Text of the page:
The CarExpert Brisbane office is in Fortitude Valley, and each morning when I drive in, I have to exit the vehicle and touch my security key on the scanner on the side of the garage so it opens the door (no remote).

    In order to do this, I have to get out of the MG 4 – which doesn’t turn off until you lock it, by the way (give us an on/off button please!) – open the garage and then get back in the car, which is now in P. In order to get moving, the MG 4 demands I put on my seatbelt, wait a second or two, before chimes to say ‘Ready’ and only then will it go into drive.

    This is the same case for my home garage, I never put my seatbelt on until I exit the garage because I like the flexibility of moving around for better visibility. So every single day, I have an argument with the MG 4.

    I keep trying to put it in drive, by frantically rotating the dial and it keeps telling me no… but get this, every once in a while, it goes ‘ok fine’… which is even more confusing. Either let me do it, or don’t let me do it – don’t confuse Pavlov’s dog with the occasional positive reinforcement.

    I know what you’re thinking, just put on your damn seatbelt, be an adult and wait a few seconds, but when you just need to move a few metres, having to do this is very annoying.

    The likely reason for this is because there is no on/off button, so when you unlock the car, it turns on by itself. Adding that basic on/off functionality would add that extra layer of security to tell the car that I want to move, but I don’t need my seatbelt at this moment.

    When some talk poorly of the safety systems in Chinese-made cars, please let them know this is utter nonsense when it comes to the MG 4. The active safety systems in the MG 4 are some of the best in any car at this price point that we have seen.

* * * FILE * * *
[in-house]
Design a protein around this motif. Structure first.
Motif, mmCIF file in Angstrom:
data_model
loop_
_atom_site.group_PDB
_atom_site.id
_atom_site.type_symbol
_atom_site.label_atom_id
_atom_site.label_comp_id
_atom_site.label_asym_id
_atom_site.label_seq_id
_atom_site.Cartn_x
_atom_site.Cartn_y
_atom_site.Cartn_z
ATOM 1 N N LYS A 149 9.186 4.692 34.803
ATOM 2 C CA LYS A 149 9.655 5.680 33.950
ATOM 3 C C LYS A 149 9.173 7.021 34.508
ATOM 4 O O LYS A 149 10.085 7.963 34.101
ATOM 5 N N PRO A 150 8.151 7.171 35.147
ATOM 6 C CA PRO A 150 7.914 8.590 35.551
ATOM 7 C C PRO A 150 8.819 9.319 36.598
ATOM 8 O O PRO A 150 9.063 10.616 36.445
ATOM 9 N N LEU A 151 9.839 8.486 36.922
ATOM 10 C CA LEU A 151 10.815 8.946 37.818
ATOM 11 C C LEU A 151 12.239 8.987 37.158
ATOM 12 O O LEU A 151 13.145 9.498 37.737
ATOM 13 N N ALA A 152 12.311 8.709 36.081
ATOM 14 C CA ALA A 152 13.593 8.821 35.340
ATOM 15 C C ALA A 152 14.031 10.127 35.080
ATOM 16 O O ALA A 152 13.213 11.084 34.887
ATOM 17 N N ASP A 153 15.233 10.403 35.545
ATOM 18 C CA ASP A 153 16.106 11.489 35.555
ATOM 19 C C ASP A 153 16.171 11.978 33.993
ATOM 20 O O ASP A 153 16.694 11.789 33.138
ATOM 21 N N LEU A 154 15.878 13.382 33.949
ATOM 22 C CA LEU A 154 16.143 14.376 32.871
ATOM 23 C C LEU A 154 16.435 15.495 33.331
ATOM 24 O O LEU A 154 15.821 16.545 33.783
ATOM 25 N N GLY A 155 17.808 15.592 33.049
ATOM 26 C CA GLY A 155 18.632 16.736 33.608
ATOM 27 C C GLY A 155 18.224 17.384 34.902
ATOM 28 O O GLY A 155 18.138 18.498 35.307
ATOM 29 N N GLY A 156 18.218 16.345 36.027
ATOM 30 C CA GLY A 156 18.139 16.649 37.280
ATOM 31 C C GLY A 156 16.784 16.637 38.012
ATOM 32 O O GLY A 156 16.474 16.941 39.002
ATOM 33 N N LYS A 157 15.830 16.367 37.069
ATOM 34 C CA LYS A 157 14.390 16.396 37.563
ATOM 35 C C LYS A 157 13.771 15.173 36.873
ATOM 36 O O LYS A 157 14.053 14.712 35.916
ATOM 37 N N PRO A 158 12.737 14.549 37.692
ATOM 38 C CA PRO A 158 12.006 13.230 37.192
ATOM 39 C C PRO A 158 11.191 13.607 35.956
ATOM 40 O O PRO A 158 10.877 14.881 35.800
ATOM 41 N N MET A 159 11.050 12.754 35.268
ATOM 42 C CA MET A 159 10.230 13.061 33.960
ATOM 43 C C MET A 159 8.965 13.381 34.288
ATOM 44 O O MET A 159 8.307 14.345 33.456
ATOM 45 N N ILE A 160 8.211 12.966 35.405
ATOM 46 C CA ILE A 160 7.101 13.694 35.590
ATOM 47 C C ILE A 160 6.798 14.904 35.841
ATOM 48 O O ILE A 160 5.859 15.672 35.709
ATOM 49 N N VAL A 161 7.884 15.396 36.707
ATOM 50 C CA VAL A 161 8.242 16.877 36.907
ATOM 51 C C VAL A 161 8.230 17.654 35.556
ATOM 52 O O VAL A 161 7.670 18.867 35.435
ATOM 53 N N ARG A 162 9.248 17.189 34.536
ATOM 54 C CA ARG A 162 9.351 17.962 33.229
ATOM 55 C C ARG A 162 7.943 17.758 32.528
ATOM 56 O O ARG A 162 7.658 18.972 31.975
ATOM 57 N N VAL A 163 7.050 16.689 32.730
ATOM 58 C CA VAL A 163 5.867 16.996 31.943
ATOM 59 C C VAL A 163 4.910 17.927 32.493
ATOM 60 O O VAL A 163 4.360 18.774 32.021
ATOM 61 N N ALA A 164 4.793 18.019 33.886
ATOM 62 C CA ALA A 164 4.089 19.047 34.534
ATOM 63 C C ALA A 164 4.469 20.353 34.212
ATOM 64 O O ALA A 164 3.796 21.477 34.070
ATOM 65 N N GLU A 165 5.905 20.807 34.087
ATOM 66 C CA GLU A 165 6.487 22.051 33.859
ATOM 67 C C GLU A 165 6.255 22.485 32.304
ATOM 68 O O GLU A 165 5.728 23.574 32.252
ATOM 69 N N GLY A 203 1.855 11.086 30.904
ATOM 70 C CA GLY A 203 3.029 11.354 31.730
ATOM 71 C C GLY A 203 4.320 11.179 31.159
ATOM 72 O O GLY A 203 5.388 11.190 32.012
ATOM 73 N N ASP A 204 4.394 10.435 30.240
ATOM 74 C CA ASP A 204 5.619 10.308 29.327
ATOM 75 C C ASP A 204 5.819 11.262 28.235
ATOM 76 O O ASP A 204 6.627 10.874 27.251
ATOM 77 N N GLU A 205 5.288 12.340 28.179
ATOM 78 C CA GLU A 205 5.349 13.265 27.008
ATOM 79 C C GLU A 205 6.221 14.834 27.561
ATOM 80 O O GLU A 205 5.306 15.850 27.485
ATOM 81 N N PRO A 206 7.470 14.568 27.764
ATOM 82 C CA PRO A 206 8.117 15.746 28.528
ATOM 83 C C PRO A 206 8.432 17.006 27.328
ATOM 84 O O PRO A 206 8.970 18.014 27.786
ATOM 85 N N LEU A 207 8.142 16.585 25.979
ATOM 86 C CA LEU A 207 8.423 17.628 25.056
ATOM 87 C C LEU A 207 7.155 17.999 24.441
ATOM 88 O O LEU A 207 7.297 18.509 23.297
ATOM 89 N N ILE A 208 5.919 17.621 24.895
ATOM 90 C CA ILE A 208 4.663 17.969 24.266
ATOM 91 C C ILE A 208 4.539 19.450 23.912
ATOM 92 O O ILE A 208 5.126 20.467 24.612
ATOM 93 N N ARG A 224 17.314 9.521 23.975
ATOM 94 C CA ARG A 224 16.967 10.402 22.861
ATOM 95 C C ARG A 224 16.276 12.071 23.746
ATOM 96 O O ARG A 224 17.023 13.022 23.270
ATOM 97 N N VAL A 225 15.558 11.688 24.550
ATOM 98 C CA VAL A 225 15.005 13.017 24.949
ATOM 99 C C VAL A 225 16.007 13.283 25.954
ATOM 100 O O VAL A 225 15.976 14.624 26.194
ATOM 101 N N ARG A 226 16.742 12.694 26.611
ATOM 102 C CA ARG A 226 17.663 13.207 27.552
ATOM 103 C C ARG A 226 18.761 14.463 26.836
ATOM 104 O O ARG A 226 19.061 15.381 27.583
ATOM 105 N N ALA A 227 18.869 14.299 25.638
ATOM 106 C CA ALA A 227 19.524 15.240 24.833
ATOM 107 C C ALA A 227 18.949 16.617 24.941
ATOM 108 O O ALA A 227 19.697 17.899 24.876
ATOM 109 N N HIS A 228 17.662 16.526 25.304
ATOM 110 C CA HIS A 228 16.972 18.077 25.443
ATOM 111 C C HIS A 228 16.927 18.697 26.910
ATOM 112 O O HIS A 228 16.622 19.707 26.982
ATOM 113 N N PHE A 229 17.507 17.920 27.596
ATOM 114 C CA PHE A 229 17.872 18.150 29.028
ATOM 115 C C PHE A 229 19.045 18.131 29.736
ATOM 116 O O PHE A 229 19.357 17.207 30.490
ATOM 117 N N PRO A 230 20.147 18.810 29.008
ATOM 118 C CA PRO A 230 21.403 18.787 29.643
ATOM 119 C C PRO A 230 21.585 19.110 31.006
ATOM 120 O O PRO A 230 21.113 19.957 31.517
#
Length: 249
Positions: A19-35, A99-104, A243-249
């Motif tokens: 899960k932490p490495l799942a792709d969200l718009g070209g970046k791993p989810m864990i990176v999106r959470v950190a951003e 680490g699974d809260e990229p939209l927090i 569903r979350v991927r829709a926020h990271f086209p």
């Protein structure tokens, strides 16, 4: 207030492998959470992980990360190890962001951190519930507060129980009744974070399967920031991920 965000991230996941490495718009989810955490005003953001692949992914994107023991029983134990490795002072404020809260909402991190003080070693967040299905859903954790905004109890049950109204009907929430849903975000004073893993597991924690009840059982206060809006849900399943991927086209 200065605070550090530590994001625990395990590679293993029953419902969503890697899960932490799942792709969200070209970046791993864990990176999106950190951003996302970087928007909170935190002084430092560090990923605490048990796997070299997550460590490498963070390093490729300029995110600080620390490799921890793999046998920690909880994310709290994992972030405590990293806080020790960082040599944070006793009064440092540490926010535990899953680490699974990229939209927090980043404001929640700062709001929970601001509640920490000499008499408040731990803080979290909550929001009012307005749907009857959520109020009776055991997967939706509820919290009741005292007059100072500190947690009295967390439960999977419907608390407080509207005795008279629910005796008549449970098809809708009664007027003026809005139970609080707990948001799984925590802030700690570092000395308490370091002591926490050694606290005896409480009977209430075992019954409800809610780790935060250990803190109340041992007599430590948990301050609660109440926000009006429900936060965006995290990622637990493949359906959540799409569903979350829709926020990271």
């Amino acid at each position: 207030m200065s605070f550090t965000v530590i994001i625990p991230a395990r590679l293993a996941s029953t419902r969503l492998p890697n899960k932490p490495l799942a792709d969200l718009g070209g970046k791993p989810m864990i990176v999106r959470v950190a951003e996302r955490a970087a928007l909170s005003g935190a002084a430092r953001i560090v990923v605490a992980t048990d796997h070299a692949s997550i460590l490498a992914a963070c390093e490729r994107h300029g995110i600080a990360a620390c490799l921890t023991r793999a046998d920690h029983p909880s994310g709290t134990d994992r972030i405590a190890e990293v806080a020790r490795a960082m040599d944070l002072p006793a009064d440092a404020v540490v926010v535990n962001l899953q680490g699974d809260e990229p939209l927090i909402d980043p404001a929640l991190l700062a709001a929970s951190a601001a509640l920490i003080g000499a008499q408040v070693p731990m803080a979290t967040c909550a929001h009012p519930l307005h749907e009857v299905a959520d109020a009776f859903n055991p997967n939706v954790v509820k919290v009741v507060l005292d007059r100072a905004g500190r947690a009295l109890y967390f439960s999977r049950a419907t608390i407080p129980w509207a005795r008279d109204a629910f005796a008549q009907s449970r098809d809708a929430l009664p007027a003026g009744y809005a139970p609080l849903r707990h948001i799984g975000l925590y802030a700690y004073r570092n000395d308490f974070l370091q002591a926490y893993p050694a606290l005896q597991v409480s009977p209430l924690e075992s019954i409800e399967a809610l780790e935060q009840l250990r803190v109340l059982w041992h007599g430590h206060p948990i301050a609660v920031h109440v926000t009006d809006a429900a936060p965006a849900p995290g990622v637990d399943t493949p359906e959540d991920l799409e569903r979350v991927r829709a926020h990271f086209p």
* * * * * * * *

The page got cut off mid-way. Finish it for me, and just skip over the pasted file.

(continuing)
They are well-tuned to Australian standards, and the active cruise and lane keep assist worked well the overwhelming majority of the time. The company has come a very long way since the original MG Pilot we tested many years ago, and it’s now on-par if not ahead of most of the Japanese manufacturers when it comes to active safety.

    From a driving enjoyment and refinement perspective, the MG 4 is the most accomplished EV in its class and price point.

    What do you get?

    Despite there being a total of five variants – separated by battery size, performance and equipment – there are only three trim levels: Excite, Essence/Long Range, and XPower.

    MG 4 Excite standard equipment:

    • 17-inch alloy wheels
    • Tyre repair kit
    • One-pedal drive
    • Four-mode regenerative braking
    • Keyless entry and start
    • Automatic LED headlights
    • Automatic high-beam
    • 7.0-inch digital instrument cluster
    • 10.25-inch touchscreen infotainment system
    • Wired Apple CarPlay, Android Auto
    • DAB+ digital radio
    • 4-speaker sound system
    • Black fabric upholstery
    • Artificial leather-wrapped steering wheel
    • Tilt and telescopic steering wheel adjustment
    • Electric side mirrors with heating functionality
    • 6-way manual driver’s seat adjustment
    • iSmart Lite connectivity

    MG 4 Essence and Long Range add:

    • 18-inch alloy wheels
    • Black roof
    • Active grille shutters
    • Rear privacy glass
    • iSmart connectivity
    • 6-speaker sound system
    • Satellite navigation
    • Wireless phone charger
    • Auto-dimming rear-view mirror
    • Power-folding exterior mirrors
    • Height-adjustable load floor
    • EV trip planner
    • Synthetic leather/cloth upholstery
    • 6-way power driver’s seat
    • Heated front seats
    • Heated steering wheel
    • Leather-trimmed steering wheel

    MG 4 XPower adds:

    • Metallic brake caliper covers